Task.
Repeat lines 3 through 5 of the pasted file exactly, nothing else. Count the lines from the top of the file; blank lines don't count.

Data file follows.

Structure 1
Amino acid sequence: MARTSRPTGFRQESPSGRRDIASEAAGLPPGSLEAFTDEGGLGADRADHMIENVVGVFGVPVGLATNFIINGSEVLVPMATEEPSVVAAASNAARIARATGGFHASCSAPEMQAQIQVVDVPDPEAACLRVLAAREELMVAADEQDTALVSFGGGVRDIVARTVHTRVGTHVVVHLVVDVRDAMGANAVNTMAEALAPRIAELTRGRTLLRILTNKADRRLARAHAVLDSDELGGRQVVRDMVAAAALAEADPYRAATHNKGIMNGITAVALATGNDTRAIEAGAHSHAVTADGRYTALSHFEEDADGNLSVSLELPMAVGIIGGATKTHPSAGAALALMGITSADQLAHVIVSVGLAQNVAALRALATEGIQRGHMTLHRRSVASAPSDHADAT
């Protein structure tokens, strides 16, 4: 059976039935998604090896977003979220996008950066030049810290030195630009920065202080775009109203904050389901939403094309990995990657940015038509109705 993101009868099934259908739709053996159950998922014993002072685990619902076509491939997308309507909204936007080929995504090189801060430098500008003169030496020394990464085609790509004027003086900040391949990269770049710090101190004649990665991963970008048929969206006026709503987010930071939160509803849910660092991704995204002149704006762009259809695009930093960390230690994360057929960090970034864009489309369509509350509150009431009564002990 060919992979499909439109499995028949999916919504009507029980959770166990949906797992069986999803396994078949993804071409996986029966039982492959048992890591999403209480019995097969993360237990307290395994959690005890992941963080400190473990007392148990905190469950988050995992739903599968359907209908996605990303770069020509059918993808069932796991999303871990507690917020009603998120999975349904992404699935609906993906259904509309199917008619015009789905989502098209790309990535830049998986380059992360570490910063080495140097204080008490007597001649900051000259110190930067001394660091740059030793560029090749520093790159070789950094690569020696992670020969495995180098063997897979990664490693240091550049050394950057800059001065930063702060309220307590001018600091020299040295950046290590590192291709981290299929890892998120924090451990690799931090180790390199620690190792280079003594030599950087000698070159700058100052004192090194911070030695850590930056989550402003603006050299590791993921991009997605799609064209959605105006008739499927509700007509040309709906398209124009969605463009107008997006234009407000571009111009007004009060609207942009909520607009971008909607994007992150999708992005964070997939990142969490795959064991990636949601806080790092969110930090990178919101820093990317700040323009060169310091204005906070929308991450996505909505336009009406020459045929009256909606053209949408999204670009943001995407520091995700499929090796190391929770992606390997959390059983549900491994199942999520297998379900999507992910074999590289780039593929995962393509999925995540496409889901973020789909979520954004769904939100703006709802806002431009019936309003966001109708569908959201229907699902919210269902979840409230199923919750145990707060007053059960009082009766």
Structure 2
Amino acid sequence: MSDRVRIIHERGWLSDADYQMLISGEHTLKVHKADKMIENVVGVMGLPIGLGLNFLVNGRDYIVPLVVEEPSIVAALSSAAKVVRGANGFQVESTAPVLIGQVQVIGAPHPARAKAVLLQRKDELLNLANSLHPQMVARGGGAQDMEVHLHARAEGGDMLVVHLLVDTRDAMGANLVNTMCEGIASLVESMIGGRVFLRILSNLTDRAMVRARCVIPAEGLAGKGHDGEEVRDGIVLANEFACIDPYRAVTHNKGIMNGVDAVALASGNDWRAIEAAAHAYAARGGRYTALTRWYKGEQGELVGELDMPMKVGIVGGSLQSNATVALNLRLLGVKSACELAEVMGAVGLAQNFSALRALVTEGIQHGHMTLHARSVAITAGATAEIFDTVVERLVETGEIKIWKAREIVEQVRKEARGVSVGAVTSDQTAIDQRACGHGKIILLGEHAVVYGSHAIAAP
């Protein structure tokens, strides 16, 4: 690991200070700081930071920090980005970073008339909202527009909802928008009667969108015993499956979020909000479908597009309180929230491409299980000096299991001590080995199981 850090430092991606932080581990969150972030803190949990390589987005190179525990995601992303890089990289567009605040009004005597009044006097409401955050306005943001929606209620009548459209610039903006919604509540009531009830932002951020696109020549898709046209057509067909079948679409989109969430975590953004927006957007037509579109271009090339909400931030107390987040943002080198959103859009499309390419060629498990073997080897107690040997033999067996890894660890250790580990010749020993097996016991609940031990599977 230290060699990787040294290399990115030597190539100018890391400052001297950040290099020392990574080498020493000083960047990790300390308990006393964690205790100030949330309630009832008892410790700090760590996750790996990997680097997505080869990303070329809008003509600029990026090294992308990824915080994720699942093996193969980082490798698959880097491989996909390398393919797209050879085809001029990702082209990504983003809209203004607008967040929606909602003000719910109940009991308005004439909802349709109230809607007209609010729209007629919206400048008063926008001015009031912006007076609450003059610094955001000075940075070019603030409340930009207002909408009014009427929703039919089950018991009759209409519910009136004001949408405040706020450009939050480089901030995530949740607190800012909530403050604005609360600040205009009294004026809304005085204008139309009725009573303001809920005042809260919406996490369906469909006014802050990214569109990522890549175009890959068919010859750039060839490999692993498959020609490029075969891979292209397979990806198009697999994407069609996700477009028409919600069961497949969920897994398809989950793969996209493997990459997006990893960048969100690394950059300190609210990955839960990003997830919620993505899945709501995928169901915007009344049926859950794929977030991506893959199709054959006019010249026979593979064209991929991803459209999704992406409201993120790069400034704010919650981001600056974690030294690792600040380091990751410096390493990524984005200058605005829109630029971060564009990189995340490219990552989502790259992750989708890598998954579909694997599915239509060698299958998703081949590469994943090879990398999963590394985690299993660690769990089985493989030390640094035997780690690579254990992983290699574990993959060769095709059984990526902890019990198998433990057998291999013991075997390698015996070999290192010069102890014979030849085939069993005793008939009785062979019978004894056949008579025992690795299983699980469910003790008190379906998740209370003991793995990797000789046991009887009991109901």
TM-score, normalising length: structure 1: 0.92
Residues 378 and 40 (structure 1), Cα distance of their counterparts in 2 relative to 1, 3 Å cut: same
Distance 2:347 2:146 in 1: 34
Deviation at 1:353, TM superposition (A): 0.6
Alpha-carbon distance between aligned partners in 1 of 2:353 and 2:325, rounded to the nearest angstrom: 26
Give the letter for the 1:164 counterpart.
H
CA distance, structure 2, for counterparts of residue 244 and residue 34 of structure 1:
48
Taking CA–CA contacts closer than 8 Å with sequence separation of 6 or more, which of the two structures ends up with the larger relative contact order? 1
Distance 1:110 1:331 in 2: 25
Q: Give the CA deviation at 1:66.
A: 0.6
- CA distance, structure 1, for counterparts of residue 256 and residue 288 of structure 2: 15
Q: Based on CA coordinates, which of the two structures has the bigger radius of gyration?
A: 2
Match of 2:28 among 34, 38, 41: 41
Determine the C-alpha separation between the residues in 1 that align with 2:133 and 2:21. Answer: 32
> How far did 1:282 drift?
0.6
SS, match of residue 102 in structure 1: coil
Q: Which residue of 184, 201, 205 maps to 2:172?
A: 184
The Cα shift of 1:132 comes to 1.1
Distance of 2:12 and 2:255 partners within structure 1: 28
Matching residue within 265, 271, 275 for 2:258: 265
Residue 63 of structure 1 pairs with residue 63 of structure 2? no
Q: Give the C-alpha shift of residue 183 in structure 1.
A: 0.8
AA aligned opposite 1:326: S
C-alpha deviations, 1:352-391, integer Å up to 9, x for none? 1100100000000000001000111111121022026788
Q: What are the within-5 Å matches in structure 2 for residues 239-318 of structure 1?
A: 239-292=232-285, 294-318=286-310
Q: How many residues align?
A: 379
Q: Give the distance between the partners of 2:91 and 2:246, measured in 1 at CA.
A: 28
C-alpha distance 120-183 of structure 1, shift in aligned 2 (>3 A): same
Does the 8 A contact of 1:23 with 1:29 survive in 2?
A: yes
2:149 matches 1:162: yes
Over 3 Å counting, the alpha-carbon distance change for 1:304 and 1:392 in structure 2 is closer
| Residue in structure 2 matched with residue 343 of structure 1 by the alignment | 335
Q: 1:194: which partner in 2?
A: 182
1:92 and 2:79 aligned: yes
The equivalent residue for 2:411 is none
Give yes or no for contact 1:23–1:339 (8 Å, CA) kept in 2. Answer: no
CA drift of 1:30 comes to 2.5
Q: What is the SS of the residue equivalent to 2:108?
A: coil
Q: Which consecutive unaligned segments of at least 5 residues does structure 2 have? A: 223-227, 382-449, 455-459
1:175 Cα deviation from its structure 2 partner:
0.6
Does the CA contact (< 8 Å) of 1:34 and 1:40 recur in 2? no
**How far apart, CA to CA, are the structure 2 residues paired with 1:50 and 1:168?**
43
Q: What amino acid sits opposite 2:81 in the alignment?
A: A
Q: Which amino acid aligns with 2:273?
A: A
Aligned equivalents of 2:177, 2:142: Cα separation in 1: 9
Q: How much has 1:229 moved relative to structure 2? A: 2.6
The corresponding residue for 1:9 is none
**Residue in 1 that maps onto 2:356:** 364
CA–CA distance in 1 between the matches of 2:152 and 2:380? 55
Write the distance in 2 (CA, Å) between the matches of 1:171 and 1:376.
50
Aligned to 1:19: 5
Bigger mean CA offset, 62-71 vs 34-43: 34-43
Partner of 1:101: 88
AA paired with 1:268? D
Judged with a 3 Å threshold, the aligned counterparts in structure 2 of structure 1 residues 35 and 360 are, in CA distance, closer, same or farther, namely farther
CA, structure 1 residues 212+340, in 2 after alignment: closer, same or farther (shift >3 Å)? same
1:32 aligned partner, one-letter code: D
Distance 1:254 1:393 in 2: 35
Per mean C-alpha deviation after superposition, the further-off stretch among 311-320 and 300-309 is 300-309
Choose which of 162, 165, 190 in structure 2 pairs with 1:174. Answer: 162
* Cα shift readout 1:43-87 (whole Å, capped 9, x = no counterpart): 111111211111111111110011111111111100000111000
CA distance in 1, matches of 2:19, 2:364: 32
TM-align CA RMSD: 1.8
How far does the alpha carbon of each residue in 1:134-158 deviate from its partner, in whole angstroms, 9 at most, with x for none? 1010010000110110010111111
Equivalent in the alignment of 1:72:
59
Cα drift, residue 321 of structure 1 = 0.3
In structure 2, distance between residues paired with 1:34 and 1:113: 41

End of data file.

């Protein structure tokens, strides 16, 4: 059976039935998604090896977003979220996008950066030049810290030195630009920065202080775009109203904050389901939403094309990995990657940015038509109705 993101009868099934259908739709053996159950998922014993002072685990619902076509491939997308309507909204936007080929995504090189801060430098500008003169030496020394990464085609790509004027003086900040391949990269770049710090101190004649990665991963970008048929969206006026709503987010930071939160509803849910660092991704995204002149704006762009259809695009930093960390230690994360057929960090970034864009489309369509509350509150009431009564002990 060919992979499909439109499995028949999916919504009507029980959770166990949906797992069986999803396994078949993804071409996986029966039982492959048992890591999403209480019995097969993360237990307290395994959690005890992941963080400190473990007392148990905190469950988050995992739903599968359907209908996605990303770069020509059918993808069932796991999303871990507690917020009603998120999975349904992404699935609906993906259904509309199917008619015009789905989502098209790309990535830049998986380059992360570490910063080495140097204080008490007597001649900051000259110190930067001394660091740059030793560029090749520093790159070789950094690569020696992670020969495995180098063997897979990664490693240091550049050394950057800059001065930063702060309220307590001018600091020299040295950046290590590192291709981290299929890892998120924090451990690799931090180790390199620690190792280079003594030599950087000698070159700058100052004192090194911070030695850590930056989550402003603006050299590791993921991009997605799609064209959605105006008739499927509700007509040309709906398209124009969605463009107008997006234009407000571009111009007004009060609207942009909520607009971008909607994007992150999708992005964070997939990142969490795959064991990636949601806080790092969110930090990178919101820093990317700040323009060169310091204005906070929308991450996505909505336009009406020459045929009256909606053209949408999204670009943001995407520091995700499929090796190391929770992606390997959390059983549900491994199942999520297998379900999507992910074999590289780039593929995962393509999925995540496409889901973020789909979520954004769904939100703006709802806002431009019936309003966001109708569908959201229907699902919210269902979840409230199923919750145990707060007053059960009082009766």
Structure 2
Amino acid sequence: MSDRVRIIHERGWLSDADYQMLISGEHTLKVHKADKMIENVVGVMGLPIGLGLNFLVNGRDYIVPLVVEEPSIVAALSSAAKVVRGANGFQVESTAPVLIGQVQVIGAPHPARAKAVLLQRKDELLNLANSLHPQMVARGGGAQDMEVHLHARAEGGDMLVVHLLVDTRDAMGANLVNTMCEGIASLVESMIGGRVFLRILSNLTDRAMVRARCVIPAEGLAGKGHDGEEVRDGIVLANEFACIDPYRAVTHNKGIMNGVDAVALASGNDWRAIEAAAHAYAARGGRYTALTRWYKGEQGELVGELDMPMKVGIVGGSLQSNATVALNLRLLGVKSACELAEVMGAVGLAQNFSALRALVTEGIQHGHMTLHARSVAITAGATAEIFDTVVERLVETGEIKIWKAREIVEQVRKEARGVSVGAVTSDQTAIDQRACGHGKIILLGEHAVVYGSHAIAAP